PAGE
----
They also are featured in the 2020 edition of the Chuck Norris Who’s Who in the Martial Arts Masters & Pioneers biography book that celebrates the history and tradition of many of the arts’ top names.

“It’s a huge accomplishment for an individual, but having us both recognized as pioneers is something special,” Viola Sr. said. “Karate is our way of life.”

Viola Sr., one of the most recognizable names in the karate industry, was honored by Allegheny County on Sept. 23 with “Sensei Viola Day” to mark the 50-year anniversary of him founding Allegheny Shotokan Karate in North Huntingdon.

Recognized as a founding father of modern mixed martial arts, the USA Karate Hall of Fame member’s life is the subject of the books “Godfathers of MMA” and “Tough Guys,” which inspired the Showtime “Tough Guys” film in 2017.

The Western Pennsylvania Sports Museum at the Heinz History Center in Pittsburgh opened an exhibit in 2011 on the roots of mixed martial arts that included memorabilia from Viola Sr., fellow area promoter Frank Caliguri, a Lower Burrell resident, and others in the sport.

Caliguri was recognized by the AMAA Foundation in June as a Hall of Honor award recipient and also is included in the Who’s Who book.

Sensei Bill Viola Jr. wears many hats in the martial arts world: author, instructor, international competition champion and fitness promoter.

A producer on the “Tough Guys” film, Viola Jr. is set to release a book series, “Common Sensei,” in 2021 that shares his perspective on how one can do various things to have a rich and meaningful life experience.

A USA Karate national champion, he was recognized by Arnold Schwarzenegger as a world champion in 1998.

“This is the first time we’ve been honored and featured together in the same book as father-son pioneers,” said Viola Jr., the founder of the Norwin Ninjas martial arts program and the annual Kumite Classic and Pittsburgh Fitness Expo, the region’s largest multisport event.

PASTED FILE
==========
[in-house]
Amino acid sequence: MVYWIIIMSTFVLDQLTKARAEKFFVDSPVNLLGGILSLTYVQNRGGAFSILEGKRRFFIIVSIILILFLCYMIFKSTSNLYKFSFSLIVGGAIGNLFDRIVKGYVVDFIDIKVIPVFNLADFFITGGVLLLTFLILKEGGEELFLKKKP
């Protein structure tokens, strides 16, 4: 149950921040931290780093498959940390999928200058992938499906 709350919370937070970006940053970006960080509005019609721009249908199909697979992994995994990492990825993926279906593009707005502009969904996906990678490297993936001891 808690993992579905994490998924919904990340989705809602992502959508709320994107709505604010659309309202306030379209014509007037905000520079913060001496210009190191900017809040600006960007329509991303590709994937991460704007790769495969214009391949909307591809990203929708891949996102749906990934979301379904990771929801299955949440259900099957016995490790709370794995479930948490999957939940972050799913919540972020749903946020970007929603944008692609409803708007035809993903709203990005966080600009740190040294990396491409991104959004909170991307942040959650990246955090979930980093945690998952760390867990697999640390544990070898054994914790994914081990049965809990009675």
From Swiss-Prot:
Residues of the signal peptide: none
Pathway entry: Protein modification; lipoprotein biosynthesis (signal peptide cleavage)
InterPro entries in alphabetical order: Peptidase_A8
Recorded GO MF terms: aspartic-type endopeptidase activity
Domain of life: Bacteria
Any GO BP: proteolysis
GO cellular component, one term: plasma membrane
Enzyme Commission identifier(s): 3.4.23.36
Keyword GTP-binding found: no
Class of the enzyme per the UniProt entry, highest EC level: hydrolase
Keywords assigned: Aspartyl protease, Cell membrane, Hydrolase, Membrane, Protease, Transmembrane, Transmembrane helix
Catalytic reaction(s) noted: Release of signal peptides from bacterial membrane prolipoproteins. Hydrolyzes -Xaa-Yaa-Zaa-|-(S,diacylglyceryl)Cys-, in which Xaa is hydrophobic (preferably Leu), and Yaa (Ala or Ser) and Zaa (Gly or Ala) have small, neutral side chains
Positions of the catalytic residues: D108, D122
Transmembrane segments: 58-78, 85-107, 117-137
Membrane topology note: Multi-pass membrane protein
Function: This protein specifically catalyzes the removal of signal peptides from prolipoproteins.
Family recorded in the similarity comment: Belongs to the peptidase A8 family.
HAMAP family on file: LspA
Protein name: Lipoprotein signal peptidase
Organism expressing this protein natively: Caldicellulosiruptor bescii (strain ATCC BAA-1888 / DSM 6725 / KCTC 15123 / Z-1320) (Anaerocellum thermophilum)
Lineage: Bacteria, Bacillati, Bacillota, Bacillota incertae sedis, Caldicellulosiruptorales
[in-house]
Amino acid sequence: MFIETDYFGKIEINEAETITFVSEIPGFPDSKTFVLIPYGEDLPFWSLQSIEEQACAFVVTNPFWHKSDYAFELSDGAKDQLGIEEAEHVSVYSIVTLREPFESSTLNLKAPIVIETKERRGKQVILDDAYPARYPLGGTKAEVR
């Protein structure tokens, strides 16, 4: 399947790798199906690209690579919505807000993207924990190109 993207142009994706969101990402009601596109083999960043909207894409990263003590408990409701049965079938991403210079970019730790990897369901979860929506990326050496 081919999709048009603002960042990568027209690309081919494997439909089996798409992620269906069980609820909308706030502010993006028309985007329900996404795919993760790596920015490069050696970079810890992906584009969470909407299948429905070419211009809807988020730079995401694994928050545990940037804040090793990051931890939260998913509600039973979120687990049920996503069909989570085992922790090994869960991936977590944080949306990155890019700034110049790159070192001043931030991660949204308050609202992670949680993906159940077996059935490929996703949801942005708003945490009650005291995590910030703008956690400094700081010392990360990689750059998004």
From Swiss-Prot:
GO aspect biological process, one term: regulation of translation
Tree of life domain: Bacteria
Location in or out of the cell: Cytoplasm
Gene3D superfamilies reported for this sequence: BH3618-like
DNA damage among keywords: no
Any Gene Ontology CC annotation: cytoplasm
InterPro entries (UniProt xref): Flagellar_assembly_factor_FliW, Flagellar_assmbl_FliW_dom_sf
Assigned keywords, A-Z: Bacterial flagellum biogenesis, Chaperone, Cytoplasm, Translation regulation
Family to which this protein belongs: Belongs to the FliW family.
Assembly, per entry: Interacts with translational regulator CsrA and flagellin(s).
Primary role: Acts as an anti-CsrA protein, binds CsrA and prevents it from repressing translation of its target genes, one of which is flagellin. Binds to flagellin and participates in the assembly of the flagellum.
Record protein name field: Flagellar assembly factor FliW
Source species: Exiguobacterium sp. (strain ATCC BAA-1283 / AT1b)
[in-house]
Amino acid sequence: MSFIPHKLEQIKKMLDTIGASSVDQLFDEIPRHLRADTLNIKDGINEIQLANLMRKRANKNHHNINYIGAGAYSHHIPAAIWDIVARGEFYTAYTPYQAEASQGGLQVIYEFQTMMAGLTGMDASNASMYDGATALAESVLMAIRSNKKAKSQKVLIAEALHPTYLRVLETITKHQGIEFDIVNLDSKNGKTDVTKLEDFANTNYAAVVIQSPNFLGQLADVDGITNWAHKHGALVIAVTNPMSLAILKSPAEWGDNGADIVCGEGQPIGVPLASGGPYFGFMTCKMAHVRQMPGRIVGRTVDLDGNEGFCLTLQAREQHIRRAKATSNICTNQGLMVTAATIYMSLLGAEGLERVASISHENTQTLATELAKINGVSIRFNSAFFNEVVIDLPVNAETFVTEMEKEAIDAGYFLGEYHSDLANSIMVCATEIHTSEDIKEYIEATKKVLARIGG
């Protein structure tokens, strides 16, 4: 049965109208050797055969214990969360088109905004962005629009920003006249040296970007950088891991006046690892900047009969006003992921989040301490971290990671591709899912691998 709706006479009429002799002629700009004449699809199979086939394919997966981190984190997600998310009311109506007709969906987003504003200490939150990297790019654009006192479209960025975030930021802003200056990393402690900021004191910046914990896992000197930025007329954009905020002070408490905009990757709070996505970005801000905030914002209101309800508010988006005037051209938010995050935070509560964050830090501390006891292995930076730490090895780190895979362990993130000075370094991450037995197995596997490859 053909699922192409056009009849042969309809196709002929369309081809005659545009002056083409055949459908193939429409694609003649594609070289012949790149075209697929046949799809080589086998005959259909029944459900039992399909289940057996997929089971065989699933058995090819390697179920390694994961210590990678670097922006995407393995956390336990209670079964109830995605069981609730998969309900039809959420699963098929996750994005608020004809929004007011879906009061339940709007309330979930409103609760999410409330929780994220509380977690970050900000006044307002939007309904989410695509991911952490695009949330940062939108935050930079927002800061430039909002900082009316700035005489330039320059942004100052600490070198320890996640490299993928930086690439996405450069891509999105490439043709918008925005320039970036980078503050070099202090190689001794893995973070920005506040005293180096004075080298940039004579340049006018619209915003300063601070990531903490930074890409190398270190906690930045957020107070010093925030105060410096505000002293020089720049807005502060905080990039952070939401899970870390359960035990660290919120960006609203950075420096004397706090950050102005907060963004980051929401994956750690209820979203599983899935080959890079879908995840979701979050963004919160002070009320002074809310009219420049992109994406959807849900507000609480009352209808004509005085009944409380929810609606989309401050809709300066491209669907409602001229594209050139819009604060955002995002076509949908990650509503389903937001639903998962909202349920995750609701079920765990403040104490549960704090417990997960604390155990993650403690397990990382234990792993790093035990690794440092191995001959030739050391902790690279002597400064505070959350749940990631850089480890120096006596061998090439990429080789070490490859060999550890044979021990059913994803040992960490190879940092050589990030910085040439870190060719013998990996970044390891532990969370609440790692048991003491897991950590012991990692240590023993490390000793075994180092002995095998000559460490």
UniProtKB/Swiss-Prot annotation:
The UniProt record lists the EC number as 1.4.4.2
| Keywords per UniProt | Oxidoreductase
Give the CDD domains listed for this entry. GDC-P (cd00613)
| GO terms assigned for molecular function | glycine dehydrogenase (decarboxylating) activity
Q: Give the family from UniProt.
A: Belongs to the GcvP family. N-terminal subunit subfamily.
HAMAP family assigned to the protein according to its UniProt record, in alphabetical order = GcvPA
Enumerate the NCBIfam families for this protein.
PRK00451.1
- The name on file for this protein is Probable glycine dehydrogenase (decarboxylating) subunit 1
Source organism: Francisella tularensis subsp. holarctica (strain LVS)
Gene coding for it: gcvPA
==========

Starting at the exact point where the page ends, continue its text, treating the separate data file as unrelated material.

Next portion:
“We both have our individual accomplishments. I have always been inspired to follow in my dad’s footsteps and do some of the great things he has done. This just came to pass where we were able to be honored collectively, and that’s what makes this so special.”

The coronavirus pandemic changed the Who’s Who ceremony and conference to an online virtual presentation. It will be the official public release of the book.

The conference will feature online seminars and martial arts demonstrations in addition to honoring Norris and the Violas.

“The pandemic has changed the structure of everything in life,” Viola Jr. said.

“So instead of being able to travel down to Texas for the physical presentation, we’re going to do a virtual book launch and roundtable-type discussions with pioneers and other people in the industry. That’s the best solution we can come up with given the current state of affairs.”

The event also will be an opportunity to raise money for The Kickstart Kids, Norris’ in-school character development program that uses karate to teach life lessons and values to students in middle school and high school.

Norris started the program in 1990 with the help of then-President George H.W. Bush.

“It is such a great nonprofit that is helping a lot of kids throughout the country,” Viola Jr. said.

The virtual conference is an all-day event, and the Hall of Honors ceremony will be at 6 p.m. All of the day’s festivities can be viewed at whoswhointhemartialarts.com.

“It still will be a great chance to get the book out to the public and have fans and martial artists alike be able to tune in and be a part of the celebration,” Viola Jr. said.

Michael Love is a Tribune-Review staff writer. 

Tribune Review

For more information on the Chuck Norris Hall of Honors visit Kumite Classic